Also, with the ability to track specific information, you can make your sales follow-ups and connections more personalized.

3. Experience

Though monitoring attendee engagement and behavior is extremely beneficial, it's also important to consider what attendees thought of their overall event experience.

Once the event has ended, create a short survey to learn more about your attendees and their feelings towards the event. To ensure the experience is still fresh in their mind, send the survey no later than one or two weeks—preferably a few days—after your event.

Ask questions about what presentation format they thought was the best and which speakers they thought were the most interesting. Also, be sure to ask some in-depth questions. It's good to know what they liked and what they didn't like, but those tidbits of information won't be useful unless you understand why they liked a specific presentation or speaker.

But remember, respondents are busy too so avoid sending a 20-minute survey. Keep it short and to the point. Doing so will also make it easier for you to analyze the results and quickly determine what aspects of the event need to be improved.

4. Post-Event Reach

Typically, only half of the people who register for a virtual event actually attend, so don't get discouraged when only 60 people out of 120 registrants join your event; remember that attendance is not the most important success indicator.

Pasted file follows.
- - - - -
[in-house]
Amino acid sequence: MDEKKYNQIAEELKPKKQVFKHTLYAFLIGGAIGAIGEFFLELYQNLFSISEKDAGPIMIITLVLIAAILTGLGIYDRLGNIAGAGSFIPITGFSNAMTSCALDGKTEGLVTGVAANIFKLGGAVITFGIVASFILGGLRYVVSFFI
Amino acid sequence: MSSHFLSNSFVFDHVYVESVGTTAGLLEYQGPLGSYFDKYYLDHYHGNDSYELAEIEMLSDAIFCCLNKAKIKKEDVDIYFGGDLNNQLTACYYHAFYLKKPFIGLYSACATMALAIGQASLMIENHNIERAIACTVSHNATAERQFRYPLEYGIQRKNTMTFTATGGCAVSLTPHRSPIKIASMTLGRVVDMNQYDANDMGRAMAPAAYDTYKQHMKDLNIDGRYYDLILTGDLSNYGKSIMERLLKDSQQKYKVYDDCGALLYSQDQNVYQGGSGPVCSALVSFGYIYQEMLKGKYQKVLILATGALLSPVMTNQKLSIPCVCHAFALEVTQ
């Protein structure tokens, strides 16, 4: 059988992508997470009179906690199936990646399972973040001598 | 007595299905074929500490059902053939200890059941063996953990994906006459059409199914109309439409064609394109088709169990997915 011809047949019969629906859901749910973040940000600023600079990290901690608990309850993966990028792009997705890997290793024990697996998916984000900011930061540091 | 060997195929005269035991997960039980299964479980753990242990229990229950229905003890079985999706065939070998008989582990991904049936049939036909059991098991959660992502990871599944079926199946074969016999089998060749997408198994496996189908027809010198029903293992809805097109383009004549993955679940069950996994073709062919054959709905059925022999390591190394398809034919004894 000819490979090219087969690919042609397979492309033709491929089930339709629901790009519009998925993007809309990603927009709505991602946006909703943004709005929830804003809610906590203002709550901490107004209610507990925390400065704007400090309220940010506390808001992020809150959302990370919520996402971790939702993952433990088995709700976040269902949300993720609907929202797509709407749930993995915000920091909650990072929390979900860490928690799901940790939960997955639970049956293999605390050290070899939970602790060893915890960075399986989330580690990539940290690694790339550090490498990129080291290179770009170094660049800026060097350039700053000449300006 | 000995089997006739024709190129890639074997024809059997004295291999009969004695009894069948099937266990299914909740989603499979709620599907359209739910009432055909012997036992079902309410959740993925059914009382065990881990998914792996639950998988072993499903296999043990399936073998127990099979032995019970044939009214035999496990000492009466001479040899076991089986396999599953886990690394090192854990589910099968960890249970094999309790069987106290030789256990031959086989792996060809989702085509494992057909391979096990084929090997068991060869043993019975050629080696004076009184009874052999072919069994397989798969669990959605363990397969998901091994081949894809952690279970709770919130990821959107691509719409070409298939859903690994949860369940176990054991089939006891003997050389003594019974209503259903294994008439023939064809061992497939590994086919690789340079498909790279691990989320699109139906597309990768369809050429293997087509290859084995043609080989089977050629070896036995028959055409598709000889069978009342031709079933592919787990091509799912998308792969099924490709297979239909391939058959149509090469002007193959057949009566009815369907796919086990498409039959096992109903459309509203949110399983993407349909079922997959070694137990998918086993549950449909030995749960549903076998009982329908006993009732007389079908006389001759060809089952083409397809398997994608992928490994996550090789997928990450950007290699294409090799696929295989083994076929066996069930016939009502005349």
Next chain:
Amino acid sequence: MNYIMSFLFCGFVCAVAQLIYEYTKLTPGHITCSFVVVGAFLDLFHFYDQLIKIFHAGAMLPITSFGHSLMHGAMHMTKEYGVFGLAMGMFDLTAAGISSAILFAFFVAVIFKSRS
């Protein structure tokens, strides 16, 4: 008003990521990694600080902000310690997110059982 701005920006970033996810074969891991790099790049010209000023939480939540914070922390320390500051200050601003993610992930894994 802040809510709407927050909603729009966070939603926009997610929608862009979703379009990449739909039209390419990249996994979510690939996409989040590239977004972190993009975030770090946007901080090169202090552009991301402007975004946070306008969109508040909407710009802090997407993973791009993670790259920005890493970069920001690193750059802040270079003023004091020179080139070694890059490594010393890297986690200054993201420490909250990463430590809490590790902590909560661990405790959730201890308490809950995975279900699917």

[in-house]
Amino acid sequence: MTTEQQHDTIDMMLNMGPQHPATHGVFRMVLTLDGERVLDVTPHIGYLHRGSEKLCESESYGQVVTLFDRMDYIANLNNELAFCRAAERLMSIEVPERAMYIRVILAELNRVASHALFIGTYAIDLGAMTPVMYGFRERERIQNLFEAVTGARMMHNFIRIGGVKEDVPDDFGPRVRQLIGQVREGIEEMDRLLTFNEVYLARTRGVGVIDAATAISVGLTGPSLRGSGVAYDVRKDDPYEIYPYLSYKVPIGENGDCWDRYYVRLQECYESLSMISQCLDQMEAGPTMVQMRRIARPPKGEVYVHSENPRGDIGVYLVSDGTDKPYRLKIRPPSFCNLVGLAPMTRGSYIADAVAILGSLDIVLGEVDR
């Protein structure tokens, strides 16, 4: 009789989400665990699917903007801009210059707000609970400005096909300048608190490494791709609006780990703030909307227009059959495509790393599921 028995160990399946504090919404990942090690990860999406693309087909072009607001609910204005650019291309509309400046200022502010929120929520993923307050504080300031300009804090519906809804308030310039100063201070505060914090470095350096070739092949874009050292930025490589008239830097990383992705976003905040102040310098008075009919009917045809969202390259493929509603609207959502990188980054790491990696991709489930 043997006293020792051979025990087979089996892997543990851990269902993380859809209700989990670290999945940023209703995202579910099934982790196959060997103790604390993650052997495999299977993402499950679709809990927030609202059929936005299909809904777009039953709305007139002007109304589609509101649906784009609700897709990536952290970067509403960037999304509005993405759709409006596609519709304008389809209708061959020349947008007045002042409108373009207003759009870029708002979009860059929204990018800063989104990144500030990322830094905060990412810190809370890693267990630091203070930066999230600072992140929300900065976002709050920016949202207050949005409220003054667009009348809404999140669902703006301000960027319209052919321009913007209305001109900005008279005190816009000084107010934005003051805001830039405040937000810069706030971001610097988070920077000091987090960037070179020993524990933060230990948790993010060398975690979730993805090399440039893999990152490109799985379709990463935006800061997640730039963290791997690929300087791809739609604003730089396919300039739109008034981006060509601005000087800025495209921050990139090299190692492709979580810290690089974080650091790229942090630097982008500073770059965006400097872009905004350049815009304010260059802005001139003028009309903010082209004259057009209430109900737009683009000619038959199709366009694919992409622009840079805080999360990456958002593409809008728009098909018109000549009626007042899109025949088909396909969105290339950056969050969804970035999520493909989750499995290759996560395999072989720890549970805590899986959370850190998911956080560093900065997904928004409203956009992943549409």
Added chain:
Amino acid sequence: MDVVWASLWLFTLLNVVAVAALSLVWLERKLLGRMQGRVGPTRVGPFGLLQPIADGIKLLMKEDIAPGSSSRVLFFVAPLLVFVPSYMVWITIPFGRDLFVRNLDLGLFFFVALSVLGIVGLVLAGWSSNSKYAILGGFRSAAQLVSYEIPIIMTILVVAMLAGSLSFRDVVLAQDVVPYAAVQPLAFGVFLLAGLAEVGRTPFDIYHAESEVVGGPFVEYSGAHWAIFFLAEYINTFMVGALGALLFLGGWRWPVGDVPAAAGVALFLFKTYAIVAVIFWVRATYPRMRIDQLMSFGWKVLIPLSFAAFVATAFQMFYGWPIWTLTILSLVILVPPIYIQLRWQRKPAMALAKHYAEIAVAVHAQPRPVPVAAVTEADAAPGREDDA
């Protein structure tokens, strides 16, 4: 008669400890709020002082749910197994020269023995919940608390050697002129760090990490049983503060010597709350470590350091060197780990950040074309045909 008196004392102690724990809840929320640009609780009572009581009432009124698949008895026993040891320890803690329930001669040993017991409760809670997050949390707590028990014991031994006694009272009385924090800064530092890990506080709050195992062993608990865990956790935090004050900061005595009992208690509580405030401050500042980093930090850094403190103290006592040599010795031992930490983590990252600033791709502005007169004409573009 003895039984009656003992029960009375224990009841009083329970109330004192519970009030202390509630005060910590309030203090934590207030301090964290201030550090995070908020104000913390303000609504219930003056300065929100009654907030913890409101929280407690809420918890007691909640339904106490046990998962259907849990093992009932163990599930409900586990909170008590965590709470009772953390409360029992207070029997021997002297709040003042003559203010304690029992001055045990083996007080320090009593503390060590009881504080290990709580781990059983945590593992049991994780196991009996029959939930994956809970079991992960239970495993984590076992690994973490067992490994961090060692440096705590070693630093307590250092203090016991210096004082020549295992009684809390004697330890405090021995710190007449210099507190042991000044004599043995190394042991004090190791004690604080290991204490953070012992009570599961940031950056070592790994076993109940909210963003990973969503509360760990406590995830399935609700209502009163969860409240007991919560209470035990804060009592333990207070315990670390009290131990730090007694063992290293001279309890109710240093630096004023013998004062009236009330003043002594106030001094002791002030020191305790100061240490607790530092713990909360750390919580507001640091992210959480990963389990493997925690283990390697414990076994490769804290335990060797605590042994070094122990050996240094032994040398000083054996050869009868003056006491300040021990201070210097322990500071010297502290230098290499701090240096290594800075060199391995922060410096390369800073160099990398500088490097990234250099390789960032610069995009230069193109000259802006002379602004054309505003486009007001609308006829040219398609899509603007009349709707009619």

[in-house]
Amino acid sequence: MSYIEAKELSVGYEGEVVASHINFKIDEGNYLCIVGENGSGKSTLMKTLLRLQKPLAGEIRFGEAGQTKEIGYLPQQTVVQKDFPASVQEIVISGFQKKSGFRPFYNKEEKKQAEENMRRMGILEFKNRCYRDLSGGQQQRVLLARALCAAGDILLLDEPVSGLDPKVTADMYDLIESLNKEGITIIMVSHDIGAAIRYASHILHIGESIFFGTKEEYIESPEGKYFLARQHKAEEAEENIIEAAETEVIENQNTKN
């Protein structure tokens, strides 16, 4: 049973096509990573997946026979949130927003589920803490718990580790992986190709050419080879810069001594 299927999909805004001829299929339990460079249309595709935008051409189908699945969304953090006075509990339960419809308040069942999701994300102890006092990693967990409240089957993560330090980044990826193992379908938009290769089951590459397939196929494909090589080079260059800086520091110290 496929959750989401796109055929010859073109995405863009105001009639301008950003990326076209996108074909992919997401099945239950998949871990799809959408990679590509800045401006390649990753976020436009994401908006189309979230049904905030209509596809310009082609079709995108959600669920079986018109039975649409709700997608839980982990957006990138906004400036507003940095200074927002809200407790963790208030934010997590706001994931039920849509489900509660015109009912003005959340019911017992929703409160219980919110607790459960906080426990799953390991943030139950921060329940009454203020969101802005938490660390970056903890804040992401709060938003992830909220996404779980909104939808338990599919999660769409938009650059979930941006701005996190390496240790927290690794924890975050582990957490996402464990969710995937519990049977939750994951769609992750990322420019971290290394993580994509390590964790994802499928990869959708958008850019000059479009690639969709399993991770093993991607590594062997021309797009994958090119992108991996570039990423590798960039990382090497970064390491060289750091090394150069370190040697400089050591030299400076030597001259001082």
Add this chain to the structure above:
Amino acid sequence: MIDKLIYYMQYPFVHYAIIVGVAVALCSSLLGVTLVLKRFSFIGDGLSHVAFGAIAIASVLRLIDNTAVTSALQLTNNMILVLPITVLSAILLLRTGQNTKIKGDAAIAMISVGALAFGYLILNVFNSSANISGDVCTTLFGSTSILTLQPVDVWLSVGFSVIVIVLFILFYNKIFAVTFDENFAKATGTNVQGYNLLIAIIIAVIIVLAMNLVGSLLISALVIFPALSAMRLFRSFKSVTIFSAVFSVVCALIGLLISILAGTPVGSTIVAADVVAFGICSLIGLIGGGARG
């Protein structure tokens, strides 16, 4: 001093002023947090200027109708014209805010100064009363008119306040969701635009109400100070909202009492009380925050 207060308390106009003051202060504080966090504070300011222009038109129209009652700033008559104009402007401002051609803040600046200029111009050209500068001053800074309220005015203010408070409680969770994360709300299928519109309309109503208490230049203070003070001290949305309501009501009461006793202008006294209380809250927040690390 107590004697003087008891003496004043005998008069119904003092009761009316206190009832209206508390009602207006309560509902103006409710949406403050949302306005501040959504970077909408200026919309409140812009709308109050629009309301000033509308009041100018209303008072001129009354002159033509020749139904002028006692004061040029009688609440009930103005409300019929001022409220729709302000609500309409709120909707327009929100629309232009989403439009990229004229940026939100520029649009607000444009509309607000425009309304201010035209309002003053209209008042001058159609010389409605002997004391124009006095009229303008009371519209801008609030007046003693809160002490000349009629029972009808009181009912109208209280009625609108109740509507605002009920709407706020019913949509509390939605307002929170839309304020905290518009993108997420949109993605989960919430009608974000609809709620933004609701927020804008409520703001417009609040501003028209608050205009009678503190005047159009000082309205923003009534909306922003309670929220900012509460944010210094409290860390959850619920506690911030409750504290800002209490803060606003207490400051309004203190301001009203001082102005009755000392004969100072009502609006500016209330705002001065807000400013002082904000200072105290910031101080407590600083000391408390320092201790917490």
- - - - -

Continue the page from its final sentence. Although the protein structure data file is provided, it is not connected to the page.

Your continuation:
One of the many perks of virtual events is their prolonged lifespan. Just because your live event has ended doesn't mean the material is useless or irrelevant. By providing additional options to registrants who didn't attend the live event—for instance, hosting an on-demand version on your website—you can reach everyone who registered to attend but couldn't. Doing so also lets those who did attend the event to go back and review any content they found interesting or parts they missed.

On-demand availability allows you to expand your impact and exposure, because you are able to share your event with an unlimited number of people—without their ever having to leave their desks.

* * *

Many factors during an event contribute to its success, and it's key you track each of them—not just attendance. With virtual events, you are able to track the engagement and behavior of individual people or large groups at any time during the conference. Doing so will provide you with useful insight into who attended your event, feedback on how successful each session or speaker was, preferred presentation platforms, and a rough guide on what needs to be improved for next time.

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Four Metrics to Track During Your Next Virtual Event

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image of Eric Vidal

Eric Vidal is the director of product marketing for the event services business segment at InterCall, a conferencing and collaboration services provider. Reach him via evidal@intercall.com.

LinkedIn: Eric Vidal